Parents are advised to take their children to the playground regularly to improve the kids’ motor skills and coordination. They also need fresh air, sunshine, and interaction with their peers, necessary for building socialization and communication skills. 

However, the idea of playgrounds shouldn’t be limited to kids only. Tender children and elderly adults have more in common than any other age groups. They require interpersonal relationships and peer groups more, and they need mild and informal physical activity to either develop their bodies or improve/maintain fitness.

Senior parks can’t be expected to feature, swings, crawl tunnels, and adrenaline-inducing structures. These parks feature low-impact equipment targeted at improving muscle strength, motor coordination, balance and flexibility. 

These parks do not merely serve the purpose of improving the physical wellbeing of the elderly. Getting out once in a while to meet people, have tea in the park, share memories, and socialize is equally important for senior citizens. Loneliness and isolation is a common problem amongst the elderly population. 

“While there are certainly physical health aspects to the playground, it is also there to nurture social and mental health,” 

Playgrounds for seniors are gradually becoming a common sight around the globe, having spread throughout Asia and Europe in the past couple of decades. In 1995, China blazed the trail when they set up a park to serve as a recreational area for seniors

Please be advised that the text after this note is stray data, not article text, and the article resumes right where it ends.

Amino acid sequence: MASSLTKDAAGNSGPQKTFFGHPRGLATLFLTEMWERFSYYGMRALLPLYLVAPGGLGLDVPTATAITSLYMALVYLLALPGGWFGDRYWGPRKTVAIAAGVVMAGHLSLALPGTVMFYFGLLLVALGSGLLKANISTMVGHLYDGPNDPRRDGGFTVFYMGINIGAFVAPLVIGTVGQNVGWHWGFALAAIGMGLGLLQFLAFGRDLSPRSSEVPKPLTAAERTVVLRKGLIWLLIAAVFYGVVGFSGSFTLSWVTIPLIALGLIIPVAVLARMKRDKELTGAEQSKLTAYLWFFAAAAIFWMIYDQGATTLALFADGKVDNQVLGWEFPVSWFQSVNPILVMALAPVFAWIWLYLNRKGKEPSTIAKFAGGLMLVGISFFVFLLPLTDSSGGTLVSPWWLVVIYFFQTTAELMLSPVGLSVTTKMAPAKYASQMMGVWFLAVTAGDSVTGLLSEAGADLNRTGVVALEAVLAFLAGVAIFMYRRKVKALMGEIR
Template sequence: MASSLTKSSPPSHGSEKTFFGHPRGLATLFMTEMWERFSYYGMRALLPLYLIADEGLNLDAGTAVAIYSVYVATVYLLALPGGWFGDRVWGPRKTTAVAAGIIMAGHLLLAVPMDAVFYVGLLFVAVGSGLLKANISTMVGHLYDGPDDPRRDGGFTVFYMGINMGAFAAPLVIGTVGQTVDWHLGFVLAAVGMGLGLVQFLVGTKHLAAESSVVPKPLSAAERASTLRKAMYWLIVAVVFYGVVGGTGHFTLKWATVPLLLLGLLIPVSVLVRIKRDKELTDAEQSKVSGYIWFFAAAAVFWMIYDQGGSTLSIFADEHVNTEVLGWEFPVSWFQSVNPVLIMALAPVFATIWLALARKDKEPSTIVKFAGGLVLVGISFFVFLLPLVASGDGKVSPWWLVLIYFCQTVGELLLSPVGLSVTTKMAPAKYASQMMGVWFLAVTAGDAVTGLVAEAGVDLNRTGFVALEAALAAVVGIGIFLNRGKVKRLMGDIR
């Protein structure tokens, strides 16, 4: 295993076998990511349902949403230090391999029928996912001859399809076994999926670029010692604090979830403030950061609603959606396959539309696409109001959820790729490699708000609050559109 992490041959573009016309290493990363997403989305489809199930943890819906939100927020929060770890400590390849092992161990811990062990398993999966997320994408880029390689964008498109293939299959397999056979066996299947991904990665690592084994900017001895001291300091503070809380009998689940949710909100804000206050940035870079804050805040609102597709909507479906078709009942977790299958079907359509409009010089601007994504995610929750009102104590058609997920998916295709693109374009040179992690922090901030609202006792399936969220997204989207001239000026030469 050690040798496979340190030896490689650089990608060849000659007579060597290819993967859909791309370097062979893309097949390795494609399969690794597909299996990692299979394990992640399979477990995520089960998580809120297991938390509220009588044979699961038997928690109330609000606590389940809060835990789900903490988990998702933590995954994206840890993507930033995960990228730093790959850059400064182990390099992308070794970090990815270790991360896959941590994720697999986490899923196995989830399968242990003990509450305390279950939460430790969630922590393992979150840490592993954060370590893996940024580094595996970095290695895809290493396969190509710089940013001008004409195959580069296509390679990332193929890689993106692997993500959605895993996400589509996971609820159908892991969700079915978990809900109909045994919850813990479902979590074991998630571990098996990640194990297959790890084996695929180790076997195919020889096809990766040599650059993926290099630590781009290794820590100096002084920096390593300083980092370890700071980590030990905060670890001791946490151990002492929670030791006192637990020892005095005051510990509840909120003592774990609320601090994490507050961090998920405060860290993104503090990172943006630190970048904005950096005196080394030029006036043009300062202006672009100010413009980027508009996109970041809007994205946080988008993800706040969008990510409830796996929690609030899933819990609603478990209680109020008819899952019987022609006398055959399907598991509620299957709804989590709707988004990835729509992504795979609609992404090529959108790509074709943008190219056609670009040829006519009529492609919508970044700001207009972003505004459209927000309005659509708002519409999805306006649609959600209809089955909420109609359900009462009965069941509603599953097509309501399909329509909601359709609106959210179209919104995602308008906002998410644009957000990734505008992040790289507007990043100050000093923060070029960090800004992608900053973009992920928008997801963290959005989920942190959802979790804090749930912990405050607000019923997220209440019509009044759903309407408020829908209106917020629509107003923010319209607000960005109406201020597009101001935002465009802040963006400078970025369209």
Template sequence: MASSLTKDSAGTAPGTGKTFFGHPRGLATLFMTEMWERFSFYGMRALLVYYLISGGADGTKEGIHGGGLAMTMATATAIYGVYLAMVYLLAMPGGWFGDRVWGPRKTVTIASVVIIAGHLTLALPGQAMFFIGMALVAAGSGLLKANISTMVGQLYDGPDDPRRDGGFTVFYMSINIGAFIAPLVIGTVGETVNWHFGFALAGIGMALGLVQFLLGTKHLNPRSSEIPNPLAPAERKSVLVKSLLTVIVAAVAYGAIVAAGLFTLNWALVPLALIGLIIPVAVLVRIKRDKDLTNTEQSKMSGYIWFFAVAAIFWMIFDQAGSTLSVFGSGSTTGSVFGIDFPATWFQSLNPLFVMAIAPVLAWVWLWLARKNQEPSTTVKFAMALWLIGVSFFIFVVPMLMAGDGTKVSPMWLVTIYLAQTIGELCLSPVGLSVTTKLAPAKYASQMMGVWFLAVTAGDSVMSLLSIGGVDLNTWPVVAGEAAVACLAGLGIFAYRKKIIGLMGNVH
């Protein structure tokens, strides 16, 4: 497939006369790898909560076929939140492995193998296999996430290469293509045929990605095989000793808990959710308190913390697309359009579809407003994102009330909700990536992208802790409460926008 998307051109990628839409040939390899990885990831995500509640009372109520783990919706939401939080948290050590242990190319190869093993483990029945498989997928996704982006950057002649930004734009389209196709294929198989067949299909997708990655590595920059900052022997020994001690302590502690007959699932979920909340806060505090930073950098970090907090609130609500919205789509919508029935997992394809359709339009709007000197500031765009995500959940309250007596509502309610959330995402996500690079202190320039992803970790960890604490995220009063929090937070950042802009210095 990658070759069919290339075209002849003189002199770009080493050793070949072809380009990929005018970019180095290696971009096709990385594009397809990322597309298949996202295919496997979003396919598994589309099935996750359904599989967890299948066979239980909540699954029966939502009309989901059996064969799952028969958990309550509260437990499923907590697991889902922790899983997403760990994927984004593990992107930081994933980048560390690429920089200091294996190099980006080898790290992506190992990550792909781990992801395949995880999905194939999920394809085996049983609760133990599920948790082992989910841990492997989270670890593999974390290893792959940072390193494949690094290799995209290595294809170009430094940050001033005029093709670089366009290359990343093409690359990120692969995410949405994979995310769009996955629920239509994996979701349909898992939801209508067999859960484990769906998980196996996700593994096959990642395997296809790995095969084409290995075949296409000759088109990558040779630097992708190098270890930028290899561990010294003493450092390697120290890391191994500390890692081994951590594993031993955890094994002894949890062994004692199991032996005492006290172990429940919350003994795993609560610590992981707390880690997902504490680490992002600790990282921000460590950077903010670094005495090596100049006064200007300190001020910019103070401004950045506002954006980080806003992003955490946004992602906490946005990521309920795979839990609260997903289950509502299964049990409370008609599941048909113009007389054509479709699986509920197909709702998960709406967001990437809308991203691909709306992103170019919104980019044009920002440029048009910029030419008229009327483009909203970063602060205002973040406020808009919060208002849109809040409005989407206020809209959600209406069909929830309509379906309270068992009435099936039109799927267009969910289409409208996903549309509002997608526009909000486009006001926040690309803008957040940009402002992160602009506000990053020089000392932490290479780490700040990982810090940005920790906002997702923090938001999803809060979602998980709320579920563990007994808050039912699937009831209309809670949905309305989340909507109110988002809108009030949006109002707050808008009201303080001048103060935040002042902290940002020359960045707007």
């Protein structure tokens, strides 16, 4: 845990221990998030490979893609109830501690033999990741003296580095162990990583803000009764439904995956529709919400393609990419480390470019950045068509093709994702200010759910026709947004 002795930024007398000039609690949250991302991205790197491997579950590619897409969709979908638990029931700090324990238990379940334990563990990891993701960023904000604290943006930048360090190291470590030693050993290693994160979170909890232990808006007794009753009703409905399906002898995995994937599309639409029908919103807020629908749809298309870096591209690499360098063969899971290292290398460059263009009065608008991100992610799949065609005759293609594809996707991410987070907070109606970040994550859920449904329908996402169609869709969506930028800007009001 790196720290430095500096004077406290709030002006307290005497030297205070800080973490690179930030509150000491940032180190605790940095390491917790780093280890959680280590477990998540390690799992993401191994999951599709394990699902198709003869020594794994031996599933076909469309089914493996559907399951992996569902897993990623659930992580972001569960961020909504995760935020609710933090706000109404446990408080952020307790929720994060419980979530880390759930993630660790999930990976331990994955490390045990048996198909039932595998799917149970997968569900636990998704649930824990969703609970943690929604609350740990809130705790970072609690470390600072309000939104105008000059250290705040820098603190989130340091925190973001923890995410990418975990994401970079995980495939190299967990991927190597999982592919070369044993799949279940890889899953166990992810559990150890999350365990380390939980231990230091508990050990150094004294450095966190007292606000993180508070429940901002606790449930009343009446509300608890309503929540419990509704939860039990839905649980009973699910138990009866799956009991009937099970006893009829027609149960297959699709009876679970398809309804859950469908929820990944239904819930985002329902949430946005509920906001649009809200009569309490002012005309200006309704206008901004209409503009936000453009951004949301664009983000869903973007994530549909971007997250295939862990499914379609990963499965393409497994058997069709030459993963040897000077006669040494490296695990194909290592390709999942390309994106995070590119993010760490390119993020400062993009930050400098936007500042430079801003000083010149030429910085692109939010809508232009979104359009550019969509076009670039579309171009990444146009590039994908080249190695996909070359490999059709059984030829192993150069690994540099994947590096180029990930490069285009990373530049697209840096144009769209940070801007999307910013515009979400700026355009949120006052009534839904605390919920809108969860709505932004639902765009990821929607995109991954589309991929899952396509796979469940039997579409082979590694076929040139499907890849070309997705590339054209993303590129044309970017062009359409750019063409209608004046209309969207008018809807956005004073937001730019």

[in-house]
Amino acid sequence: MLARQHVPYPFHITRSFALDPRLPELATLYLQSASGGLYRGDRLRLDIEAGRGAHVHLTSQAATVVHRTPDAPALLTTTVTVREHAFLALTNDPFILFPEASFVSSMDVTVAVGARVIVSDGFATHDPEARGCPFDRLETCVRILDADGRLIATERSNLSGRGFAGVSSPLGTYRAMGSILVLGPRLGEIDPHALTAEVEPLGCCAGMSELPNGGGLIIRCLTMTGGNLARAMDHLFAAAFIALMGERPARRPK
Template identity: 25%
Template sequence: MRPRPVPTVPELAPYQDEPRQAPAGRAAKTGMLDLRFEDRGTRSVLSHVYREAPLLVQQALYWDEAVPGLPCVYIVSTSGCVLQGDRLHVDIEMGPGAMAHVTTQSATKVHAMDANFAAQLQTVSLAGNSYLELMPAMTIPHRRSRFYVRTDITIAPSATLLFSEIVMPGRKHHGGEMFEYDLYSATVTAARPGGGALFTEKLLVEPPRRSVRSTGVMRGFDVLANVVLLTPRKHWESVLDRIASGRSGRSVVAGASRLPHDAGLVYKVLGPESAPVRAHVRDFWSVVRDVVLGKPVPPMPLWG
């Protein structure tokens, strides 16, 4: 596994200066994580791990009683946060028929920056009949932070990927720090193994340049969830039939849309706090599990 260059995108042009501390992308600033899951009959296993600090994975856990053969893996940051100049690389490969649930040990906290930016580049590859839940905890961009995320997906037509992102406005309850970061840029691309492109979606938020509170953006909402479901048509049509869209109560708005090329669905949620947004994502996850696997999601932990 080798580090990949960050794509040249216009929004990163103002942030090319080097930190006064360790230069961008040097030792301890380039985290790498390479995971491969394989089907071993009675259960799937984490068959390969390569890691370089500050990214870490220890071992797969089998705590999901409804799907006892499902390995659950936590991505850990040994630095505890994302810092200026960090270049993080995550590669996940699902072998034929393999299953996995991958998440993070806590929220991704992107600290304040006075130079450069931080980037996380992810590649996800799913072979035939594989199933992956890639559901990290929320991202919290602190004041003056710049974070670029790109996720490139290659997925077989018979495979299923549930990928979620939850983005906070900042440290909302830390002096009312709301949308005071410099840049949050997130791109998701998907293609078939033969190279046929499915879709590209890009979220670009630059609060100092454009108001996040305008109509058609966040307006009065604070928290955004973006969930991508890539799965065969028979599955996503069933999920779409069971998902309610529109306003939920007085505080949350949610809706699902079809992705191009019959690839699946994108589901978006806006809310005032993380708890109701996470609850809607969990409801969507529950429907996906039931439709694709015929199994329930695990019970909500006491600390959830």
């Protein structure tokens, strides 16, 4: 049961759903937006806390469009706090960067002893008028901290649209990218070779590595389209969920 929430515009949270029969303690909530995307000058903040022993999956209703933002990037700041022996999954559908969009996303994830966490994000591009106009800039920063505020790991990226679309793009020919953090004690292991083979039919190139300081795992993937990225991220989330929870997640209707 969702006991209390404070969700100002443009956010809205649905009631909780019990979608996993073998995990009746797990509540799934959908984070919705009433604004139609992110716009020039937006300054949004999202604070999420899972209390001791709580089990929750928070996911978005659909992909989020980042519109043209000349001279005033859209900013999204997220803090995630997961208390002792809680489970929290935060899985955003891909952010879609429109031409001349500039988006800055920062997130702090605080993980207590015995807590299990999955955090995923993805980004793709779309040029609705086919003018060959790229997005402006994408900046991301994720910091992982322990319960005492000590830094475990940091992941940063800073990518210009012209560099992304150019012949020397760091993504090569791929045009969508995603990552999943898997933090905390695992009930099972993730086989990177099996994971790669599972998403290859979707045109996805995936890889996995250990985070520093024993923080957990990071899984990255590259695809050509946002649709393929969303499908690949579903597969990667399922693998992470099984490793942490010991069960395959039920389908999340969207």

Japan immediately took up the idea, followed by several European countries. According to Pri.org, the concept was a huge hit in Spain, where Barcelona alone has about 300 senior parks. The Spanish government is investing a lot to fund these parks because they believe in them.

Analysts estimate that about 40 to 45 per cent of the Spanish population will be 65 by 2050. Keeping this age group mentally alert and physically fit is a top priority to the government.

Play is a great connector for adults and seniors and the children in their lives. In addition to the cognitive and physical benefits of play, it can also reduce stress in adults and is proven to help combat toxic stress in kids,” said Sarah Pinksy,

These environments can be highly social,” Colin Milner, CEO of the International Council on Active Aging said to The Wall Street Journal. “There’s something positive and invigorating about that, especially if the children have moved away or a spouse has passed on.”